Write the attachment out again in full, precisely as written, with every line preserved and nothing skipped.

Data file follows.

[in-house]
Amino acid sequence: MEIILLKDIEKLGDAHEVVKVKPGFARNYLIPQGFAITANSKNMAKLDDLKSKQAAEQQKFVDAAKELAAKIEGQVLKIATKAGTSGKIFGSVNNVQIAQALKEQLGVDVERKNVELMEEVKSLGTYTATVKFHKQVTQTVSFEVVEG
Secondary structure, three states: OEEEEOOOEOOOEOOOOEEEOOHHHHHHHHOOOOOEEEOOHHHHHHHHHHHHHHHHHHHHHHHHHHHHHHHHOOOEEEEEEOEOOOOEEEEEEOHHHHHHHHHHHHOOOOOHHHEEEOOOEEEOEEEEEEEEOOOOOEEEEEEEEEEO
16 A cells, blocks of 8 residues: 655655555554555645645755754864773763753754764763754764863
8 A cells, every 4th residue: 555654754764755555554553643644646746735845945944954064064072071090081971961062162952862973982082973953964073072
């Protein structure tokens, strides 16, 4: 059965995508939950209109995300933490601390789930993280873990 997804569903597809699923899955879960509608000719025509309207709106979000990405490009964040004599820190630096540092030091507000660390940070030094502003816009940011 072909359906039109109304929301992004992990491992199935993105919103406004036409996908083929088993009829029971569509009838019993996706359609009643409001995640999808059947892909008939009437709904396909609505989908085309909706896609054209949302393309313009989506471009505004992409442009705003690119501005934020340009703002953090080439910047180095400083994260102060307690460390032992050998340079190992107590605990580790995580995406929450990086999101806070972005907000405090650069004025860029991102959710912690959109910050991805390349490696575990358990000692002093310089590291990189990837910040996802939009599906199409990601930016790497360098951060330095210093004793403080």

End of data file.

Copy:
[in-house]
Amino acid sequence: MEIILLKDIEKLGDAHEVVKVKPGFARNYLIPQGFAITANSKNMAKLDDLKSKQAAEQQKFVDAAKELAAKIEGQVLKIATKAGTSGKIFGSVNNVQIAQALKEQLGVDVERKNVELMEEVKSLGTYTATVKFHKQVTQTVSFEVVEG
Secondary structure, three states: OEEEEOOOEOOOEOOOOEEEOOHHHHHHHHOOOOOEEEOOHHHHHHHHHHHHHHHHHHHHHHHHHHHHHHHHOOOEEEEEEOEOOOOEEEEEEOHHHHHHHHHHHHOOOOOHHHEEEOOOEEEOEEEEEEEEOOOOOEEEEEEEEEEO
16 A cells, blocks of 8 residues: 655655555554555645645755754864773763753754764763754764863
8 A cells, every 4th residue: 555654754764755555554553643644646746735845945944954064064072071090081971961062162952862973982082973953964073072
């Protein structure tokens, strides 16, 4: 059965995508939950209109995300933490601390789930993280873990 997804569903597809699923899955879960509608000719025509309207709106979000990405490009964040004599820190630096540092030091507000660390940070030094502003816009940011 072909359906039109109304929301992004992990491992199935993105919103406004036409996908083929088993009829029971569509009838019993996706359609009643409001995640999808059947892909008939009437709904396909609505989908085309909706896609054209949302393309313009989506471009505004992409442009705003690119501005934020340009703002953090080439910047180095400083994260102060307690460390032992050998340079190992107590605990580790995580995406929450990086999101806070972005907000405090650069004025860029991102959710912690959109910050991805390349490696575990358990000692002093310089590291990189990837910040996802939009599906199409990601930016790497360098951060330095210093004793403080």